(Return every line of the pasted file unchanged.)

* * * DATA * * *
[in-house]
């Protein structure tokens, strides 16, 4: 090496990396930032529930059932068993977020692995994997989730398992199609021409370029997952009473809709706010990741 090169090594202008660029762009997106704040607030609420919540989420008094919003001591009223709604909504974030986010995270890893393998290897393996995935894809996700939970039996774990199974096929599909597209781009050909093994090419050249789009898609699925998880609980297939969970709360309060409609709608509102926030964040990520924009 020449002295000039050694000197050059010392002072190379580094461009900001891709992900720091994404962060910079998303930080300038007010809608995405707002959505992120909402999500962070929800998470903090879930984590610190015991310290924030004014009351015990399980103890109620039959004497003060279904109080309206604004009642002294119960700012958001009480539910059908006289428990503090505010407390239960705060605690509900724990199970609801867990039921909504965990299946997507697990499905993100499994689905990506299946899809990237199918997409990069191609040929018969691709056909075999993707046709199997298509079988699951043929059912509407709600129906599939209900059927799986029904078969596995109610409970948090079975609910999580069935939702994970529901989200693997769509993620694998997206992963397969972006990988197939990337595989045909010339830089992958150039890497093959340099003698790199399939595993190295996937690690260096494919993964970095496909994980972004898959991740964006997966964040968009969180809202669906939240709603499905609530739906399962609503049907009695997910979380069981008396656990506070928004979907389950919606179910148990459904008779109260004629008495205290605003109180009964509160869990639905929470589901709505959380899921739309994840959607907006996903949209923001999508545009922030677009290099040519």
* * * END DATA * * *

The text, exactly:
[in-house]
């Protein structure tokens, strides 16, 4: 090496990396930032529930059932068993977020692995994997989730398992199609021409370029997952009473809709706010990741 090169090594202008660029762009997106704040607030609420919540989420008094919003001591009223709604909504974030986010995270890893393998290897393996995935894809996700939970039996774990199974096929599909597209781009050909093994090419050249789009898609699925998880609980297939969970709360309060409609709608509102926030964040990520924009 020449002295000039050694000197050059010392002072190379580094461009900001891709992900720091994404962060910079998303930080300038007010809608995405707002959505992120909402999500962070929800998470903090879930984590610190015991310290924030004014009351015990399980103890109620039959004497003060279904109080309206604004009642002294119960700012958001009480539910059908006289428990503090505010407390239960705060605690509900724990199970609801867990039921909504965990299946997507697990499905993100499994689905990506299946899809990237199918997409990069191609040929018969691709056909075999993707046709199997298509079988699951043929059912509407709600129906599939209900059927799986029904078969596995109610409970948090079975609910999580069935939702994970529901989200693997769509993620694998997206992963397969972006990988197939990337595989045909010339830089992958150039890497093959340099003698790199399939595993190295996937690690260096494919993964970095496909994980972004898959991740964006997966964040968009969180809202669906939240709603499905609530739906399962609503049907009695997910979380069981008396656990506070928004979907389950919606179910148990459904008779109260004629008495205290605003109180009964509160869990639905929470589901709505959380899921739309994840959607907006996903949209923001999508545009922030677009290099040519």